With the closure of the printing press at the Government Higher Secondary School for the Blind in Poonamallee, visually challenged students have difficulty in accessing Braille textbooks. Sometimes, a class of students has to make do with just one faded Braille textbook.

President of All India Louis Braille Association of the Blind S. Murugesan complained that neglect and lack of funds rendered the Braille Press defunct. “Vacancies at the press had not been filled. Until the early 1990s, Braille textbooks were available but now it is difficult to get them.”

Efforts must be made to train teachers who teach the students to use computers, he says. “Teachers have been trained in Braille. As an alternative, if they were to teach using the audio software, the teachers should be proficient in using computers,” he adds.

Nethrodaya founder C. Govindakrishnan suggests that the government could provide textbooks in CD form for students of all classes. “Some classes have only one Braille book and the dots fade on repeated use. The argument is that students will not use Braille if we provide the textbooks in CD. The CDs are compact and serve the purpose, whereas printed Braille text is voluminous and printing them is also expensive,” he says.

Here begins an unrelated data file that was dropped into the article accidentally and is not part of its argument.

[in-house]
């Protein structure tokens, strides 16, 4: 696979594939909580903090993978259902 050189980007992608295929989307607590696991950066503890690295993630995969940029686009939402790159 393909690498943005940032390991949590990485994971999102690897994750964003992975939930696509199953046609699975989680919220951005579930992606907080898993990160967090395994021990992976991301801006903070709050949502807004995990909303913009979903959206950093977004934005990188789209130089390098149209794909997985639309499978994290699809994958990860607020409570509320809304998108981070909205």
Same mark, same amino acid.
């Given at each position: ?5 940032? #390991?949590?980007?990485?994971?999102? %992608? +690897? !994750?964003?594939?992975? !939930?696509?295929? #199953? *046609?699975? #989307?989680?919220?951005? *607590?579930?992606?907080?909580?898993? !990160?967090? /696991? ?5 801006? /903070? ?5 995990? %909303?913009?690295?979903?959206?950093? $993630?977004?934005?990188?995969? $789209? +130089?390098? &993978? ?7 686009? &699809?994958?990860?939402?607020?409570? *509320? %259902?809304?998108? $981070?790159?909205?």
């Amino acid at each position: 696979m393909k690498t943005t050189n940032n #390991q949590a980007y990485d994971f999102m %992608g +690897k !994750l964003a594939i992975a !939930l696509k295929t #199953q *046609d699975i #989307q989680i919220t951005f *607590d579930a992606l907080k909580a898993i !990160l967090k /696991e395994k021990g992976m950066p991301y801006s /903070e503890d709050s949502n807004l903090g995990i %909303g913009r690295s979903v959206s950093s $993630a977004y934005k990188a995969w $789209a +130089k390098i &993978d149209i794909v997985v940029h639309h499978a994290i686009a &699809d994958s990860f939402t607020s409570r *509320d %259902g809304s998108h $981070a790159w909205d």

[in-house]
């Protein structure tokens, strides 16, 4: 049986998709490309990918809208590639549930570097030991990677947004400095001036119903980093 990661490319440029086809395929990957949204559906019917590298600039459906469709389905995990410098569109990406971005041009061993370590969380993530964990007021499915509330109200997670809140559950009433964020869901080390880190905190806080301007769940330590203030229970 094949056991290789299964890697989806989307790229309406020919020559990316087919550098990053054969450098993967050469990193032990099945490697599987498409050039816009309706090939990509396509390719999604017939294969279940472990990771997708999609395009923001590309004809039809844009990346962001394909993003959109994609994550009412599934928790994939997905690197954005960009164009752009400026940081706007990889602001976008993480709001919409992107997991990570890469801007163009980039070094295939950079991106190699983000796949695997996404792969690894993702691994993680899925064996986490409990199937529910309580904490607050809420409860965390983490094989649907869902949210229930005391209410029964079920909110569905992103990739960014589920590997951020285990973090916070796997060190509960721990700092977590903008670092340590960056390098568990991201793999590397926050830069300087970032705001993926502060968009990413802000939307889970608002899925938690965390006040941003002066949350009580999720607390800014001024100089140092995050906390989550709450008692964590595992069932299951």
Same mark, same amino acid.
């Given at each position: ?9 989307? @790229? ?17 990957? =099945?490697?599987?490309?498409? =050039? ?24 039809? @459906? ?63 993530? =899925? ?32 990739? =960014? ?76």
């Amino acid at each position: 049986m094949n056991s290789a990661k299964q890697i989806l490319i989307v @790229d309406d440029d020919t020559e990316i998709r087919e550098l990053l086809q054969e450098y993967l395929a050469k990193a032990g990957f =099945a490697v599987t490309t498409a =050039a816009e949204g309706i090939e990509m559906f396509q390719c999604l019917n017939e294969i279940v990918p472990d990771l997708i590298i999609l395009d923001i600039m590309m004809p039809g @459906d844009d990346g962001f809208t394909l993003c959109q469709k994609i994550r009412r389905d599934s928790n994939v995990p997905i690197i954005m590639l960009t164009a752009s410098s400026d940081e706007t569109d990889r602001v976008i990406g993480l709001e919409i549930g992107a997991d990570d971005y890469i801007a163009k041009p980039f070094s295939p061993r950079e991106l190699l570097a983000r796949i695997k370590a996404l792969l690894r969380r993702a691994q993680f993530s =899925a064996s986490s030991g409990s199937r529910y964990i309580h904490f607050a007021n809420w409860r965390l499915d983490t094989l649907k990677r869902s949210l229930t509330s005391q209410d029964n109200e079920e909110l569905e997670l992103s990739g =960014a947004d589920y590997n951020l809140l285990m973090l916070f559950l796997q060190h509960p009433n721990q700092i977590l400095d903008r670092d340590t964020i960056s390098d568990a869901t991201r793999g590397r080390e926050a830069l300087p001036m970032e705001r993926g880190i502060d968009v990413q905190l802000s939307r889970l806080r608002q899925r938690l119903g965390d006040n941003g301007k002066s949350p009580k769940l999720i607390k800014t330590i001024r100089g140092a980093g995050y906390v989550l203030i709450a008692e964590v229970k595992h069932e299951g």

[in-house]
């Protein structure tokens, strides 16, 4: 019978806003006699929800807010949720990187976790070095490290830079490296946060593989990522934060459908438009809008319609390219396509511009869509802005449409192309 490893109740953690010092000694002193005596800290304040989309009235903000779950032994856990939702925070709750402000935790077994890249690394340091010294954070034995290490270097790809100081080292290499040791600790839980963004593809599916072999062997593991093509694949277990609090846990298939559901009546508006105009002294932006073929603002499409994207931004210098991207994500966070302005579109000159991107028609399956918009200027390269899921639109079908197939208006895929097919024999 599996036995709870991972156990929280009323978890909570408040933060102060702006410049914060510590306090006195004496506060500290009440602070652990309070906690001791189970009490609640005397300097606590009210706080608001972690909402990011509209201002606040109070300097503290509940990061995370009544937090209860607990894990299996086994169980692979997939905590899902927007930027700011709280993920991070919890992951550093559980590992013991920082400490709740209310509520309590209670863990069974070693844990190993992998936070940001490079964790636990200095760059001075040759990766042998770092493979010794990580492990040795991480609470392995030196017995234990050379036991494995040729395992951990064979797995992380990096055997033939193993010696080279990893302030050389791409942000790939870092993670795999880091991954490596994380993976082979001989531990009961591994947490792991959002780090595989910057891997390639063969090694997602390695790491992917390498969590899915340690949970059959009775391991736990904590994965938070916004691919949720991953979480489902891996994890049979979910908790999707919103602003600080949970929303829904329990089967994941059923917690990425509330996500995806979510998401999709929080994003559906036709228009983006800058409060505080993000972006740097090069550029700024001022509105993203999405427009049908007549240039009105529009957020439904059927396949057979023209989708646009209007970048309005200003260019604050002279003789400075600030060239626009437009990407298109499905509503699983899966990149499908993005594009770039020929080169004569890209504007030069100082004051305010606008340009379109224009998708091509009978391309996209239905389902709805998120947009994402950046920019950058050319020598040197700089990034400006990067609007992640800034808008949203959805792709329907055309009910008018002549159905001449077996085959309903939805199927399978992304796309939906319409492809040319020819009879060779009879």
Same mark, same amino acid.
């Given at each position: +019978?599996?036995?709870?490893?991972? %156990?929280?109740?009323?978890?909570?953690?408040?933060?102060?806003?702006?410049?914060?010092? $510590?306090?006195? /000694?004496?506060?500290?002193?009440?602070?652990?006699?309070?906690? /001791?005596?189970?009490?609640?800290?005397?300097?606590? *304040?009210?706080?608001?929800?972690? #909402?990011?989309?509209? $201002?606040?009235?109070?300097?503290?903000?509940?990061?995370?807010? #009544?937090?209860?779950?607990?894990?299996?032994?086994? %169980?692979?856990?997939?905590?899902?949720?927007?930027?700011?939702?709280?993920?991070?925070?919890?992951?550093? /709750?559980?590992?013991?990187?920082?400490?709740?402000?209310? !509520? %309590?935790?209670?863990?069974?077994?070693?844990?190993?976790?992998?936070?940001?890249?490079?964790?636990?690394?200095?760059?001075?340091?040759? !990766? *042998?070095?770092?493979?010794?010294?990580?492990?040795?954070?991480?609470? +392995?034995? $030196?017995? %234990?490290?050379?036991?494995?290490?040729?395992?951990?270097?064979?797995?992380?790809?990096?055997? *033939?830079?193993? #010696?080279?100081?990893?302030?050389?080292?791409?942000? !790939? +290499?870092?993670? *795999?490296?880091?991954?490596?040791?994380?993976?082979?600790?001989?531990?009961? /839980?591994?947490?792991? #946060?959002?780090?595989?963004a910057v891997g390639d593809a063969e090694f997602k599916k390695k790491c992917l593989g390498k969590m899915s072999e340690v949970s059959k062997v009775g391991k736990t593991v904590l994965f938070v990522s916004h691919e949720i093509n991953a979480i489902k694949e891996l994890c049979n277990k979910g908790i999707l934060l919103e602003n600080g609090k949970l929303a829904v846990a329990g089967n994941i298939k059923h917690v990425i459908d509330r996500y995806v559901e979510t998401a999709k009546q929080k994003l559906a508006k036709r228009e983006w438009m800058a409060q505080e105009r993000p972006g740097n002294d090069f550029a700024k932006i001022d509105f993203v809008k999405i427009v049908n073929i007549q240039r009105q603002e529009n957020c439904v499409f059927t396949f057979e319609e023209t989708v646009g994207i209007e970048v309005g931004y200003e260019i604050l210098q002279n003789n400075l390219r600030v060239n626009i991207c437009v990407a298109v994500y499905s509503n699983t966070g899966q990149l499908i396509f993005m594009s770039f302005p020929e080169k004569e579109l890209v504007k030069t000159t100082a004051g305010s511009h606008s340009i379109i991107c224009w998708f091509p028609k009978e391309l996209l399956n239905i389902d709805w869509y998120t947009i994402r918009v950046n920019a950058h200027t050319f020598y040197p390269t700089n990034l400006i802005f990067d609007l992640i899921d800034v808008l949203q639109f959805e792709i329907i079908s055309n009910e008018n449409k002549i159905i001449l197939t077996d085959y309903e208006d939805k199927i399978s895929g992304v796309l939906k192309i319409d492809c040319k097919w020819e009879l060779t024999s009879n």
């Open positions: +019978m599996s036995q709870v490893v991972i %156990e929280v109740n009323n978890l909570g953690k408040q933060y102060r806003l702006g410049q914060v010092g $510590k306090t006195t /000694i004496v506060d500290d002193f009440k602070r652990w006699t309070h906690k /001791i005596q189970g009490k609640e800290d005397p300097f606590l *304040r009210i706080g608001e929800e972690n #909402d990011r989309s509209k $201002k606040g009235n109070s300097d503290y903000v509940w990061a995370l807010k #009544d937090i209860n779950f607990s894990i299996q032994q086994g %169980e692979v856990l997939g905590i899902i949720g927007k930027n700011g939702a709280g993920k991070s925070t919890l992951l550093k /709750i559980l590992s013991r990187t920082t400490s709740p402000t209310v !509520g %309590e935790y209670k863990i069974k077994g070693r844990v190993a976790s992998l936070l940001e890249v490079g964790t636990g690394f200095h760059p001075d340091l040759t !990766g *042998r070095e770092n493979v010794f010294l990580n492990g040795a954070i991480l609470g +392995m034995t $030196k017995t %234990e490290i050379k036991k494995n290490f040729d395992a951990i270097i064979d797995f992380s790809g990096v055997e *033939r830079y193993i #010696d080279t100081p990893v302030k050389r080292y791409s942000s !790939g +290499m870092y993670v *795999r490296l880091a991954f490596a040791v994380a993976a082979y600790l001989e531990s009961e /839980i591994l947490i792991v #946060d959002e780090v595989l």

“Things have changed now. Congenital blindness is on the wane owing to government efforts but adult blindness is growing. We do not have teachers to teach Braille to adults. The government could also provide exclusive libraries for the visually challenged,” he adds.

“We are ready to do it for any class, provided parents seek out NGOs,” says Mr. Murugesan.

District Rehabilitation officials and Commissioner for the Disabled C. Vijay Raj Kumar say no one has yet made a representation to them to provide textbooks in CD form to the students and create an exclusive library for them. “We will consider their request if they make a representation. We could have a discussion with the organisations as to when the audio textbooks can be introduced. As the students require some skills to operate the CDs, we might consider introducing them for children from class VI or VII,” the Commissioner for the Disabled said.


R. SujathaJune 28, 2012